Like millions of people around the globe, I found my recent holiday plans abruptly canceled because of the coronavirus. As always, I had planned to make multiple batches of my mother’s Passover brownie recipe to serve at seder with my family.
This year, after removing the well-worn recipe card from its plastic jacket, I had momentarily paused to admire my mother’s beautiful handwriting with its cursive Palmer penmanship style, a method taught in the first half of the 20th century. And, for the first time since my mother’s death more than three decades ago, I realized that this recipe card is not just about brownies: It represents my mother’s story – part of my own family story and her legacy passed down to future generations.
Because of COVID-19 and social distancing requirements, I didn’t have a chance to share those brownies at seder when we tell the collective story of the Exodus of the Jewish people from Egypt. But for me, these brownies still remain a window to memory and a connection to family history. In other words, it’s a way to honor my mother and tell her story.
But then I remember: Pesach Sheni or the second Passover, which this year falls on the 14th of the Hebrew month of Iyar, beginning at sunset on May 7th. According to the Bible (Numbers 9: 9 – 14), Pesach Sheni provided a second chance for those unable to offer the paschal sacrifice at the Temple in Jerusalem because they were on a far-away journey or were considered ritually impure on the 14th of Nisan, the prescribed date (Numbers 9: 4-5).
Today some Jews observe the custom by eating matzah on Pesach Sheni or refraining from reciting the personal prayers and supplications known as Tahanun at daily morning services.
So it occurs to me: Ok, we didn’t have the seder we anticipated. But there’s still hope and the opportunity for a second chance.
Why not make those brownies and tell her story over Zoom on Pesach Sheni? After all, I have nearly a full container of Passover cake meal and numerous bars of Passover chocolate sitting in my food cabinet. And considering that it’s nearly impossible to find flour on supermarket shelves these days, I can use my left-over Passover ingredients for baking.
Meanwhile, what could be a more appropriate time to tell my mother’s story than during the global pandemic when we are sheltered in place, when supermarket shelves are bare, and when there is massive concern about the coronavirus today and what the future will bring?
I will never know precisely how my mother felt living during the turbulent times of the Great Depression and World War II. But I do recall her stories about the anti-Semitism she experienced as a first-generation American in Boston and the World War II rationing of items as butter, eggs, and silk stockings.
Only now, with the spike in anti-Semitism and the shortages of food and toilet paper in local supermarkets, am I finally beginning to understand the world view that shaped my mother’s generation. Today, as I spend more hours than ever in my own kitchen – often relying on substitute ingredients – I consider how the kitchen in my family’s suburban home must have provided my mother with a safe haven and comfortable shelter.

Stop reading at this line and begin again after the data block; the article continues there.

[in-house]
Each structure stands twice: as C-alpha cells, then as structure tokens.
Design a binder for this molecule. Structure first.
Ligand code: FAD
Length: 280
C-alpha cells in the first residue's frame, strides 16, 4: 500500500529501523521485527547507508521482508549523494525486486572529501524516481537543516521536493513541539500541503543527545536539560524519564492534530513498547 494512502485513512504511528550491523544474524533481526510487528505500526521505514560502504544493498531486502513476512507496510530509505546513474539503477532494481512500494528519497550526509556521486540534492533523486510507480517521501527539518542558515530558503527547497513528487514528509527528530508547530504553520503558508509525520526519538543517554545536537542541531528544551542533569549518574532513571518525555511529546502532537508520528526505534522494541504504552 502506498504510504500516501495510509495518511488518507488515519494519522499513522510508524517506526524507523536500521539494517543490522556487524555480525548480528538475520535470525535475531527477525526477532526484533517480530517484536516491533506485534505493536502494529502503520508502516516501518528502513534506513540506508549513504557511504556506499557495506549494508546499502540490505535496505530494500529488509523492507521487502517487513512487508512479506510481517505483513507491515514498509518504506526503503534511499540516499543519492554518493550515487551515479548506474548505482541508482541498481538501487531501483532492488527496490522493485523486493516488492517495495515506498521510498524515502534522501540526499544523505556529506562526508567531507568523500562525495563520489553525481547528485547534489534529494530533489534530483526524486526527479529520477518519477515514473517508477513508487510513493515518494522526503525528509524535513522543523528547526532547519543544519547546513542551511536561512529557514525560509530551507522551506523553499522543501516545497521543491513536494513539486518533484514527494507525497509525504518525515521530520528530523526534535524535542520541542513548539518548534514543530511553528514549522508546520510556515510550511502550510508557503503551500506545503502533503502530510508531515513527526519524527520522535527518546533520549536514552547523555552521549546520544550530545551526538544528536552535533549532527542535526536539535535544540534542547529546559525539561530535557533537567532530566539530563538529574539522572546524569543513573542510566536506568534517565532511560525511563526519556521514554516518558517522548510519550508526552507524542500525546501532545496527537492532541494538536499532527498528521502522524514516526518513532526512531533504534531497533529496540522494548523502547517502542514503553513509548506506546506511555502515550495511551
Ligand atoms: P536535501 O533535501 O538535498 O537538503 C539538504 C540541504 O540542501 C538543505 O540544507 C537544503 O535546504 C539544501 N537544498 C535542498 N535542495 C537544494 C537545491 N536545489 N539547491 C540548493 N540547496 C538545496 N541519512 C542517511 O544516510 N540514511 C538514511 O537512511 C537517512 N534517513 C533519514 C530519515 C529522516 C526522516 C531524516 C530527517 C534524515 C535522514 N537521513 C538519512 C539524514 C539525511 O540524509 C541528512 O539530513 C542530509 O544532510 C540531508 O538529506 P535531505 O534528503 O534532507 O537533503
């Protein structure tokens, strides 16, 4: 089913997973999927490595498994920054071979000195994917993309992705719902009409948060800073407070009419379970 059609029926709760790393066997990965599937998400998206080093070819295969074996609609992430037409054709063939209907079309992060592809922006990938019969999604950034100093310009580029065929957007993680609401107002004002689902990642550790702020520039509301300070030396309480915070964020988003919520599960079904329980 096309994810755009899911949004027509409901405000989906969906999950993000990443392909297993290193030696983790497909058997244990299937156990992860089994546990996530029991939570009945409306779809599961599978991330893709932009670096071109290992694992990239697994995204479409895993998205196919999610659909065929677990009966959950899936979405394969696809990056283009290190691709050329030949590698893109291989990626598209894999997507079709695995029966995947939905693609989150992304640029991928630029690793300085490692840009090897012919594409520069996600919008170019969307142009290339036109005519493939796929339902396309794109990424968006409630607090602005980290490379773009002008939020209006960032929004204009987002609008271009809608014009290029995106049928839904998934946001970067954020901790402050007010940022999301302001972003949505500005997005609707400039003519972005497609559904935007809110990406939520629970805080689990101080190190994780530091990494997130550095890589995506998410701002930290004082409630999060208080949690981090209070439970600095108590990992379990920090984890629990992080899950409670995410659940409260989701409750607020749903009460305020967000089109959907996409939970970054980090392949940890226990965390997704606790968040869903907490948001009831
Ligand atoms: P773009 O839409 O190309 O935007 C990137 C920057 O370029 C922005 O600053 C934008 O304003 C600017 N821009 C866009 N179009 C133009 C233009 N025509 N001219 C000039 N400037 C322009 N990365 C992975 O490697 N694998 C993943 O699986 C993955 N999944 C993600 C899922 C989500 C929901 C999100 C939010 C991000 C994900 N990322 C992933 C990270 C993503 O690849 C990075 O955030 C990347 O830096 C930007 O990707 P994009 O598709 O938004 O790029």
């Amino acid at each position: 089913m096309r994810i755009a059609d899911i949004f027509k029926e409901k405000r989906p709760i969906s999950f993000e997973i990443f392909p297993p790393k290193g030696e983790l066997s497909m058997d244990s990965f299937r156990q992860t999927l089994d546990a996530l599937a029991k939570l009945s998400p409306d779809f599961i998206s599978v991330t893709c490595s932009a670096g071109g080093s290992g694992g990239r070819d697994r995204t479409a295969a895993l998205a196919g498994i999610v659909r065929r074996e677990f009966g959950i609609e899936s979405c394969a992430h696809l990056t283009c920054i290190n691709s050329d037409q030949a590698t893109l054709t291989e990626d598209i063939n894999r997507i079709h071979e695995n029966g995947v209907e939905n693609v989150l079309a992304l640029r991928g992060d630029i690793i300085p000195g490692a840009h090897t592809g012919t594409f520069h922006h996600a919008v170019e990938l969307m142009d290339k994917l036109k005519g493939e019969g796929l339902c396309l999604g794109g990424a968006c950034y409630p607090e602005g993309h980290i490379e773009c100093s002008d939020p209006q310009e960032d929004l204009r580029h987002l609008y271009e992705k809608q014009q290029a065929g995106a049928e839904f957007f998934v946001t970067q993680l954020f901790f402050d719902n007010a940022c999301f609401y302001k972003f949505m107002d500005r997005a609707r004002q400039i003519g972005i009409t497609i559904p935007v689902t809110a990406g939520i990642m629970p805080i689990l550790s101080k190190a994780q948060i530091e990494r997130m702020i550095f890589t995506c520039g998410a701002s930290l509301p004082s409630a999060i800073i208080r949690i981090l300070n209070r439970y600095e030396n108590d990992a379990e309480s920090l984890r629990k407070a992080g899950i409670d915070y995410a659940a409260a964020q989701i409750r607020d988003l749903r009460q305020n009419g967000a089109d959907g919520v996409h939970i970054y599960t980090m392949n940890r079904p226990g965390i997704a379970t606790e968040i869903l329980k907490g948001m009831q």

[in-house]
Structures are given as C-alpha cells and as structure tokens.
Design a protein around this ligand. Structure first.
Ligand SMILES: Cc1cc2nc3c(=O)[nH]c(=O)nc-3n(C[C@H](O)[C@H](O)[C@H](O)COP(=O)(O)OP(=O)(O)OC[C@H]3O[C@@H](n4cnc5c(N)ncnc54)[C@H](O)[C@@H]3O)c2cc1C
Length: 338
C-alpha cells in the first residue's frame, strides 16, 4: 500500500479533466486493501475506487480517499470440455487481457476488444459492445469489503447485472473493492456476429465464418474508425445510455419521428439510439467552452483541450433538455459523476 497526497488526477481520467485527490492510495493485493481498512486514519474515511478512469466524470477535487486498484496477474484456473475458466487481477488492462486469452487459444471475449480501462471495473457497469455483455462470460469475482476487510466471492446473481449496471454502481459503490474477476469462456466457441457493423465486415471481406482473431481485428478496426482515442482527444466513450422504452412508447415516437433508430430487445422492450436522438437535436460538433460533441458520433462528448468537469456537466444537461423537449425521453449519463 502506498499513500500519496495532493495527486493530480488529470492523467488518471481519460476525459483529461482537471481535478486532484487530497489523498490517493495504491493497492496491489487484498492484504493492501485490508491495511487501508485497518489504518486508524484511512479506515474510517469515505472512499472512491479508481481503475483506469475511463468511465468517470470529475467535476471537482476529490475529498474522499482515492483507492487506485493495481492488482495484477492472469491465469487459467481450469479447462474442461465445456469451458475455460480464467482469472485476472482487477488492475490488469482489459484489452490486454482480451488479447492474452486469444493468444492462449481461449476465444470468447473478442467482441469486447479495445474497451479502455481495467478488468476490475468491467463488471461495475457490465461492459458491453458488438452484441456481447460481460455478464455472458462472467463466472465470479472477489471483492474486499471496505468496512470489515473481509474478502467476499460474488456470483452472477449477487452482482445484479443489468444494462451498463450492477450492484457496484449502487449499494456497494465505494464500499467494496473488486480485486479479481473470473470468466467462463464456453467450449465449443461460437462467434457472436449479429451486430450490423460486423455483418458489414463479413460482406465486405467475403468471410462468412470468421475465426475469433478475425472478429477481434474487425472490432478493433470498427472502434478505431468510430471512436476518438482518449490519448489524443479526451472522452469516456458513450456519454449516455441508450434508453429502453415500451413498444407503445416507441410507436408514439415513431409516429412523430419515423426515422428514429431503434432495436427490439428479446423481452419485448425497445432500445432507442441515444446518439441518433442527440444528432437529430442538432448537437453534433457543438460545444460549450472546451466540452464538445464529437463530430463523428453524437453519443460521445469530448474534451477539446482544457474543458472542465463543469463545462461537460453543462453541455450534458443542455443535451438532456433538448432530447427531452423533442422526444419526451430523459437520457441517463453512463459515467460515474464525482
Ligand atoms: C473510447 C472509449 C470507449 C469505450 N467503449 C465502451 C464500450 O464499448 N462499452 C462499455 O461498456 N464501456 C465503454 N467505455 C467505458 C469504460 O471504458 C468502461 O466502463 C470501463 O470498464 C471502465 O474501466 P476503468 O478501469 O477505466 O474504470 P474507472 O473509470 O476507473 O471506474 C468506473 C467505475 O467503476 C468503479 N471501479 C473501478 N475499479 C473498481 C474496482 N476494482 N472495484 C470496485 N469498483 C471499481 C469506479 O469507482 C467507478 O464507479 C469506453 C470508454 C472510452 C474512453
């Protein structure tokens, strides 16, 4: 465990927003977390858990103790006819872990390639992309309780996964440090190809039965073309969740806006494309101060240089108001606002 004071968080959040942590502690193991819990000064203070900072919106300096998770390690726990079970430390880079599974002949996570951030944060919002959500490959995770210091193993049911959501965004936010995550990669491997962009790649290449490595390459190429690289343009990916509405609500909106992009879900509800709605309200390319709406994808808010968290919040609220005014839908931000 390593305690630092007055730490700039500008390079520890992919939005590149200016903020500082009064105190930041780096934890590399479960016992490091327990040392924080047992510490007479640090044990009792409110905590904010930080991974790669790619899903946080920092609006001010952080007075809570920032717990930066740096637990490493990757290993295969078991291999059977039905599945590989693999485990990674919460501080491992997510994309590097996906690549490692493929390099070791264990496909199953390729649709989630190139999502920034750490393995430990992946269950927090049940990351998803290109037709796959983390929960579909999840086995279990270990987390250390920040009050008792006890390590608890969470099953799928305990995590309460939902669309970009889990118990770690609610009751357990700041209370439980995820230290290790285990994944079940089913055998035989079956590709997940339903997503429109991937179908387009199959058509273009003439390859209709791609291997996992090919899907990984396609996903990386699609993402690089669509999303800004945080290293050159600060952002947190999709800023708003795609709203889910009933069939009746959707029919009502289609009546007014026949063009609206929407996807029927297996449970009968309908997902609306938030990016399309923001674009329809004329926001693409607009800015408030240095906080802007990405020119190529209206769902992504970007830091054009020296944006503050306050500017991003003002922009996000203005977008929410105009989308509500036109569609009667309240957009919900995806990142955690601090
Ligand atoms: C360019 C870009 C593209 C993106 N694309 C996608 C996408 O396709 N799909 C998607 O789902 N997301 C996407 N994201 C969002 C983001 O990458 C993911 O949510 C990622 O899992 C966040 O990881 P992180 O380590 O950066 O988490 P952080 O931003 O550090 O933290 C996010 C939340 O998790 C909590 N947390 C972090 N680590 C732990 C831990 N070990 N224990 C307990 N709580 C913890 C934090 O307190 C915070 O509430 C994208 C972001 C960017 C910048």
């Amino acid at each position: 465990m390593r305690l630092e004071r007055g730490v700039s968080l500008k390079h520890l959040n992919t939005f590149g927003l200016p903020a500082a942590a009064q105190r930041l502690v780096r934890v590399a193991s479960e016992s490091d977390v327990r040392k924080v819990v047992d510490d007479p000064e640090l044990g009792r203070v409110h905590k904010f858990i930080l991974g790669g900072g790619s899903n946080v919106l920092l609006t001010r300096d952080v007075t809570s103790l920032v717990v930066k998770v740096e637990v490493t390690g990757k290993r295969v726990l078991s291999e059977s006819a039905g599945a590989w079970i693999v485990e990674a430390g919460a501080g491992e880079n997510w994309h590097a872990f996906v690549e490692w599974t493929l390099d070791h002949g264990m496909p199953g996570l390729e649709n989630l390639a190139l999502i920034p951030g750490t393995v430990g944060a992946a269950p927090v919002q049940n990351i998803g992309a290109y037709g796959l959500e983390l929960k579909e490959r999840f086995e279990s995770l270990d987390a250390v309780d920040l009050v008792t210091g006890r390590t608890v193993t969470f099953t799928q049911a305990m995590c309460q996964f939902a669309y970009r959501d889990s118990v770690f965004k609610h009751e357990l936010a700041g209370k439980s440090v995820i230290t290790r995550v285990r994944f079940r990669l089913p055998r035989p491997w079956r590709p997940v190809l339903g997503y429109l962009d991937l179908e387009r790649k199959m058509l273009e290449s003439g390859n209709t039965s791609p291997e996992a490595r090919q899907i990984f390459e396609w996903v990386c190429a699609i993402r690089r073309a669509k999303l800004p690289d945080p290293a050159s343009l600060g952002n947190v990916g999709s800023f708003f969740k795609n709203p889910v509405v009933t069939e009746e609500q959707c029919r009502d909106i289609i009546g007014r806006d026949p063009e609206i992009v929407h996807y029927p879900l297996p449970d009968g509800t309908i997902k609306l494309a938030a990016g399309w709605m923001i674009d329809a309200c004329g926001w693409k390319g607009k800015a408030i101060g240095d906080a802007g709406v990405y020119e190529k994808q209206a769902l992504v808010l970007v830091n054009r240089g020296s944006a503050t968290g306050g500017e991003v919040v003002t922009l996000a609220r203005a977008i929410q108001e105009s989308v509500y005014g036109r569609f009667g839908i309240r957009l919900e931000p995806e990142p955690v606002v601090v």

I reflect on the current global pandemic, wondering when it will be over, how a post-coronavirus world will look, and whether our lives will ever return to normal. At the same time, I worry how the pandemic will impact the mental health of children growing up in today’s unsettling environment — in a 21st century world already beset by the ravages of global climate change, war and terrorism, gun violence, opioids, rising hatred, racism and anti-Semitism.
Meanwhile, I remove a folder with photocopies of my mother’s recipe cards that has been sitting in the recesses of one of my kitchen cabinets for years. As I examine its contents, I see dozens of recipes from simple appetizers to complex desserts, all neatly written on recipe cards or carefully typed on index cards. It’s a snapshot of mid-20th century American-Jewish cooking with ingredients like chicken fat and recipes for fruited jello molds that probably went out of style decades ago.
When I see the names of the friends and relatives with whom she exchanged recipes, I am reminded of the words of Morrie Schwartz, the late Brandeis University professor whose conversations Mitch Albom chronicles in his book, Tuesdays with Morrie: “Devote yourself to loving others, devote yourself to your community around you, and devote yourself to creating something that gives you purpose and meaning.”
Throughout her life, cooking was my mother’s passion and creative outlet. Even in her final months while bedridden, she recorded for posterity (together with dates) recipes from “The Yankee Kitchen,” a local Boston radio show that she listened to regularly.
Indeed, my mother’s life was defined by a strong commitment to family, friends, and community. She was devoted to my widowed grandmother, regularly kept in touch by phone with her extended family, and volunteered tirelessly on behalf of her synagogue and community organizations.
So as I get ready to prepare those Passover brownies for Pesach Sheni, I know how I will tell my mother’s story.
Paula Jacobs has published in a variety of digital and print publications including Tablet Magazine, the
Forward, and The Jerusalem Post. She lives with her husband in suburban Boston, and enjoys sharing
her expertise on the best falafel in Tel Aviv which she visits frequently.